As announced last week, the Antwerp diamond bourses will make it possible for all its members to avail of HRD Antwerp screening technology at no cost. This initiative adds a second layer of confidence, as polished diamonds imported to Antwerp from India are already checked at AWDC's Diamond Office. Still, melee and small diamonds remain of particular concern when it comes to the issue of undisclosed mixing of synthetic diamonds into parcels of natural diamands, as not every single diamond can be screened individually. The onus therefore rests on Indian suppliers to be honest. The Times of India writes that, "The Antwerp diamond industry has firmed up its stance against undisclosed synthetics and expressed an affirmative action involving four Antwerp Diamond Bourses to be among the first to actively enforce the guidelines defined by the World Federation of Diamond Bourses (WFDB) for combating undisclosed synthetics."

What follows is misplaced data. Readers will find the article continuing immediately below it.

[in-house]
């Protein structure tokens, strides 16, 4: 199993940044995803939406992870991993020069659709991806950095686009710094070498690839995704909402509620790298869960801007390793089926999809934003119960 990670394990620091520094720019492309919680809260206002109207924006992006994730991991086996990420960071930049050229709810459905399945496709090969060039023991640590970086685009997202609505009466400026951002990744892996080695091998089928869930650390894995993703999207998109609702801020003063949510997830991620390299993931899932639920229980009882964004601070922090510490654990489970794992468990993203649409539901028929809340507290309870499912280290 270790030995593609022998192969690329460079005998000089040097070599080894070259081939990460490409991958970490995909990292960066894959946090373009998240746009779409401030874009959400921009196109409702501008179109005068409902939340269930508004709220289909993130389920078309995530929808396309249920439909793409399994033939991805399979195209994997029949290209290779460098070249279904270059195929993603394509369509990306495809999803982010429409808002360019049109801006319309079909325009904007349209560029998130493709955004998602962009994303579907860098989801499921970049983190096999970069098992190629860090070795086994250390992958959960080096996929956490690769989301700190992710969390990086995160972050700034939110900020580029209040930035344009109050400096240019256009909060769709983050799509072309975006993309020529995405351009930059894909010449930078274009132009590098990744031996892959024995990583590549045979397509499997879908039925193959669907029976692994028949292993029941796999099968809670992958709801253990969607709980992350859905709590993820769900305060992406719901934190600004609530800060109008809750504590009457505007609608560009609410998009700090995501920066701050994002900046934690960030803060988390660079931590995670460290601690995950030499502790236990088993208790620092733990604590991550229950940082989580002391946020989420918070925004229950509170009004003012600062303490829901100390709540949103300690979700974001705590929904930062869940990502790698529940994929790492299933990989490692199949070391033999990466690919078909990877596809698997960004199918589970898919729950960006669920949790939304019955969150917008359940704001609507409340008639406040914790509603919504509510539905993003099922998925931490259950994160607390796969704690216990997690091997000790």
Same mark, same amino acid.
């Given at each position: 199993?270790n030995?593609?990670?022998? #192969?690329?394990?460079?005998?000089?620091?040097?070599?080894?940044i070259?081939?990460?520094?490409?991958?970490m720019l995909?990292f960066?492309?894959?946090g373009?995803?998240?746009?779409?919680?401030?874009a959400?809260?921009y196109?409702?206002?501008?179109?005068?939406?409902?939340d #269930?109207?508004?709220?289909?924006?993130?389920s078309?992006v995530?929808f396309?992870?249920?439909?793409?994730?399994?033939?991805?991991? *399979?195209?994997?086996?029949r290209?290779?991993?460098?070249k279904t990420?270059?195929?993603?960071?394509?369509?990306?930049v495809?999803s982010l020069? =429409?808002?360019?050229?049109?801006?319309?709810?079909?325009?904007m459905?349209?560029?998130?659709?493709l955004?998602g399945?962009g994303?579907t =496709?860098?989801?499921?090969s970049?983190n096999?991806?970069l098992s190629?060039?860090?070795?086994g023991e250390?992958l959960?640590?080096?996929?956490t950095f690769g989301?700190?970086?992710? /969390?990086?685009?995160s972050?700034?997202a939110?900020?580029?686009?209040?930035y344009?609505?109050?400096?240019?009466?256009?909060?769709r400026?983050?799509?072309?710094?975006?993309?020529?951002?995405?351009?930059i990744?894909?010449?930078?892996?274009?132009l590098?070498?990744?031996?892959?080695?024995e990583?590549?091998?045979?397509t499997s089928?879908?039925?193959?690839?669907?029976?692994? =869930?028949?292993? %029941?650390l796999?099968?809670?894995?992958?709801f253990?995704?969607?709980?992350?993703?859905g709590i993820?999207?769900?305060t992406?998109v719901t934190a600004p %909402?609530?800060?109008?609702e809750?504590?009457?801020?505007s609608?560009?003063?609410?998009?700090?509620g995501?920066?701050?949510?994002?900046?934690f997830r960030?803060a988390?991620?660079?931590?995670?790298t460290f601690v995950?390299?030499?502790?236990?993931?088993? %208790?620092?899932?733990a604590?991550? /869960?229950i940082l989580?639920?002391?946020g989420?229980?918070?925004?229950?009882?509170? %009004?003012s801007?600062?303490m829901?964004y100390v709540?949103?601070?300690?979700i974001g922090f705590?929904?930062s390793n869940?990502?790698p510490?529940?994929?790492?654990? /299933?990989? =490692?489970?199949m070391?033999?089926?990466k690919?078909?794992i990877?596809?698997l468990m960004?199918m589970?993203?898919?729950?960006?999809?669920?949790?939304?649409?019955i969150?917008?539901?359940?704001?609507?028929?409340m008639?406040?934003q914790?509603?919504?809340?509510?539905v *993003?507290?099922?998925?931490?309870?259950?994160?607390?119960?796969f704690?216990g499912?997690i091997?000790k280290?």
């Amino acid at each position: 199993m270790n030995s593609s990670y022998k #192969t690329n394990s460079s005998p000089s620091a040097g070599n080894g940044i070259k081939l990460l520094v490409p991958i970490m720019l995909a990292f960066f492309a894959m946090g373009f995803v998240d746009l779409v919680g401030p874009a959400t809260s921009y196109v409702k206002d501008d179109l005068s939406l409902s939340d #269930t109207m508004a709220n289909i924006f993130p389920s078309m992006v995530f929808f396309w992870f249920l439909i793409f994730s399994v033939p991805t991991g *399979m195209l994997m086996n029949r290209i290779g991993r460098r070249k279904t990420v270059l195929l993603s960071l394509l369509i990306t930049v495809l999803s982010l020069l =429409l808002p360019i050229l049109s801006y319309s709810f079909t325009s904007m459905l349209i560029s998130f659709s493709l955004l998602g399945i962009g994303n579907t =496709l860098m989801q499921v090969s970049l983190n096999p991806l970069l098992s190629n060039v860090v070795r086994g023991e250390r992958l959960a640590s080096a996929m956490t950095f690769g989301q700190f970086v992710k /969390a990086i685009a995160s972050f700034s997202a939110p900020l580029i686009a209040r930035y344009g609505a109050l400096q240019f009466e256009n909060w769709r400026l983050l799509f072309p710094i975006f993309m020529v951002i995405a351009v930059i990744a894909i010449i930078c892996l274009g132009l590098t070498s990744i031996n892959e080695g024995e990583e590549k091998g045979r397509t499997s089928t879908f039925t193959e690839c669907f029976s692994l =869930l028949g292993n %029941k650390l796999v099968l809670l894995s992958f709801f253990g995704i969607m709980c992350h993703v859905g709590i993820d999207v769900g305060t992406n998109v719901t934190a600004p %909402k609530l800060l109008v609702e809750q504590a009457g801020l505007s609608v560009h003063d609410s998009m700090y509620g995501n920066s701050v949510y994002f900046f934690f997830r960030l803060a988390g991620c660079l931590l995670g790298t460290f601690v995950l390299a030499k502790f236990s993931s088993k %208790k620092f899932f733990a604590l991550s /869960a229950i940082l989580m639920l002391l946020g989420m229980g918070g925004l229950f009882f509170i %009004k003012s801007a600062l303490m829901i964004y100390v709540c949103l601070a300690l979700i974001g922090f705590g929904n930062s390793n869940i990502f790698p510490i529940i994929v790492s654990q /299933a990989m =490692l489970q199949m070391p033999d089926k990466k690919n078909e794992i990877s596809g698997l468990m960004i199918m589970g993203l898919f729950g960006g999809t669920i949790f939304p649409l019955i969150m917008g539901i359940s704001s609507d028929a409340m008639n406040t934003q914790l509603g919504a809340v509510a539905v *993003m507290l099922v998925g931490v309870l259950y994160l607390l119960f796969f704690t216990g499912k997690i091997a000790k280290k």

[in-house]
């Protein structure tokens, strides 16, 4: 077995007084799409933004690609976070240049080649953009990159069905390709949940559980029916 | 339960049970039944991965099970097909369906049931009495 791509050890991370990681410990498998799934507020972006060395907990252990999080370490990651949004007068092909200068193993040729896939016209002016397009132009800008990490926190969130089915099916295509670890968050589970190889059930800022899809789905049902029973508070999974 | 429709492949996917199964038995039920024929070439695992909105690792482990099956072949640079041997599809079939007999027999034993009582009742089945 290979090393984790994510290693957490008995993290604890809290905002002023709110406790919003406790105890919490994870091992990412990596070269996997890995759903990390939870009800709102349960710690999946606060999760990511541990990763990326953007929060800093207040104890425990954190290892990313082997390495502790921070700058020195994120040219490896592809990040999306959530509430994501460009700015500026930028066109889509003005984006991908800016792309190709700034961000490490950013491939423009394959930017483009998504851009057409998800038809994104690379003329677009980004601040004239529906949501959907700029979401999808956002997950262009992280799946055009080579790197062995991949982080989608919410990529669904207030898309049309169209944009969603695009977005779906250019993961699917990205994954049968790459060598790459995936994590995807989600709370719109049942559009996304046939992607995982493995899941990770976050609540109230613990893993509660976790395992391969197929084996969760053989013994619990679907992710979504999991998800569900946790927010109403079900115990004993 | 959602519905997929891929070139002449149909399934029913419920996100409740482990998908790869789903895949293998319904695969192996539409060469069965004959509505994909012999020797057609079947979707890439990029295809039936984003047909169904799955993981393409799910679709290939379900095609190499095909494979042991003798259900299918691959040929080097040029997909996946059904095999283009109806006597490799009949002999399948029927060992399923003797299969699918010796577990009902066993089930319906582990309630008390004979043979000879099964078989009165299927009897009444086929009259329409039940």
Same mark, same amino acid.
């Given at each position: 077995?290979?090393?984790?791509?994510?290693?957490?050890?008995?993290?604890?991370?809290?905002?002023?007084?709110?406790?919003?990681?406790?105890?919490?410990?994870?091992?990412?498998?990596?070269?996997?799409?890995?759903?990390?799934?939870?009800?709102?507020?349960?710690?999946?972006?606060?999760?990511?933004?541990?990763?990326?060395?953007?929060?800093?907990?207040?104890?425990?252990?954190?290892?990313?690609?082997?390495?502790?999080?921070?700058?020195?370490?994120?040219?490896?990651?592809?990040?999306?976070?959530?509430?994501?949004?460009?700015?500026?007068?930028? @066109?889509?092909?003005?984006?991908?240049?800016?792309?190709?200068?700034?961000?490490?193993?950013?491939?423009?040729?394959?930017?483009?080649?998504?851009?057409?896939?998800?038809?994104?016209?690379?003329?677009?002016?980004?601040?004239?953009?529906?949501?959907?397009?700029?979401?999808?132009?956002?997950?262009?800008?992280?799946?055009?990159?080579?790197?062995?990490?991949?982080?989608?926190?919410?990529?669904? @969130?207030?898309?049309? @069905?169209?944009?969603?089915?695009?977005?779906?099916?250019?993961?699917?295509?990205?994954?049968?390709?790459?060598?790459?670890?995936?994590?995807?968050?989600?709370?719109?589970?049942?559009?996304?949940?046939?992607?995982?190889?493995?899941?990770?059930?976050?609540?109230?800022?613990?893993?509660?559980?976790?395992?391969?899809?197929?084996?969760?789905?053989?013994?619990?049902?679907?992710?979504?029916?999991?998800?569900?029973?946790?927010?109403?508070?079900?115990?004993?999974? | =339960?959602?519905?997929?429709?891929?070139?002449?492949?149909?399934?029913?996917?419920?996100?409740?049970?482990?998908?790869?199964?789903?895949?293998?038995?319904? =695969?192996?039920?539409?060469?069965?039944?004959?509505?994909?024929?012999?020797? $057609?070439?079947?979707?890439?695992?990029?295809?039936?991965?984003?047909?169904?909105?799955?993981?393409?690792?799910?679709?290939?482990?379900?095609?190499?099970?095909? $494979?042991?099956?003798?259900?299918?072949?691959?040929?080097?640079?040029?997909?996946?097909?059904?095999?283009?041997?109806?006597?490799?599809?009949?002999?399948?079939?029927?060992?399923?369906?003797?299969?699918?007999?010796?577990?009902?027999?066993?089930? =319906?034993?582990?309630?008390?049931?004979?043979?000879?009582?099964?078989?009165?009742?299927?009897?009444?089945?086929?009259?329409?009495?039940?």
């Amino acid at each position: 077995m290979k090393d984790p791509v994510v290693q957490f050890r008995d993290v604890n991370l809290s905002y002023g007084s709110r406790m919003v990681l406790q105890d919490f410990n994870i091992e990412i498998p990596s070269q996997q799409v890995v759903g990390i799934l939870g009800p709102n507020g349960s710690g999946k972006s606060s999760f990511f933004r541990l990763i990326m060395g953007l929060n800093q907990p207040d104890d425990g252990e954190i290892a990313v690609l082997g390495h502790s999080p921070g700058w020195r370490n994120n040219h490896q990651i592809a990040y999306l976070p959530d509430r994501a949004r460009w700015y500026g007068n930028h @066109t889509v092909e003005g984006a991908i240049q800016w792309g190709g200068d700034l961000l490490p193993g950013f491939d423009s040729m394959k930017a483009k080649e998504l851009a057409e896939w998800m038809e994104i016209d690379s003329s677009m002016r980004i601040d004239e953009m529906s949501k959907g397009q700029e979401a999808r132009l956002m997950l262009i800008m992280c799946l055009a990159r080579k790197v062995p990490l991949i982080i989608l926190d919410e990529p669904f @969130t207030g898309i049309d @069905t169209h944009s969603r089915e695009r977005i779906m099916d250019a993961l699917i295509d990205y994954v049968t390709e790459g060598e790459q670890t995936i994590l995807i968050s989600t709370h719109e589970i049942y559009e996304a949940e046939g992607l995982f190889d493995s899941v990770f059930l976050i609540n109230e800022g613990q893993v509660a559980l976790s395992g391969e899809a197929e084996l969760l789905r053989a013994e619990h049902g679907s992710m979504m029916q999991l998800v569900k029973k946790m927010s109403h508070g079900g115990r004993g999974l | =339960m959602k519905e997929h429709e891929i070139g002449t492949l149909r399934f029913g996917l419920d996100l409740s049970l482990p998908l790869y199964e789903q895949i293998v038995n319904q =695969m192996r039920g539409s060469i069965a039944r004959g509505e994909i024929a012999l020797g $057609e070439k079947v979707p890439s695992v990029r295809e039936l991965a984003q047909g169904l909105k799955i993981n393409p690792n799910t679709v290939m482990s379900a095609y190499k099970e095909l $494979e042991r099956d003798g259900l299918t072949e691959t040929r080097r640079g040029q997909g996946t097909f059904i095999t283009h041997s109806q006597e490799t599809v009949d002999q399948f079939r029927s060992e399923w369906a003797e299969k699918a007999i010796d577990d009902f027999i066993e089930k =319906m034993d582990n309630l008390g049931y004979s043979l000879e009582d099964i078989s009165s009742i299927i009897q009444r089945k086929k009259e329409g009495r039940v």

Antwerp World Diamond Centre's (AWDC) CEO, Ari Epstein, on making HRD Antwerp's M-Screen (melee-screening device) available to the four Antwerp bourses free of charge, said last week: “Over the past decades, Antwerp has been a pioneer for increasing transparency, building confidence and promoting innovation in the global diamond industry. By making the M-screen available to the Antwerp diamond community, we are taking another big step forward in our commitment to a sustainable diamond industry.” Regional chairman of Gems and Jewellery Export Promotion Council (GJEPC), Dinesh Navadia had a message for Indian traders: "The diamantaires exporting polished diamonds to Belgium will have to adhere to the WFDB guidelines. They need to be extra vigilant as any mistake will earn a bad name to India." And the stakes are high, as TOI writes, "A major chunk of India's trade with Belgium is of diamonds and other precious stones, which are sent to Antwerp to be cut and polished. In the financial year 2015, for instance, India's exports of rough diamonds and gems to Belgium were valued at nearly $2.7 billion."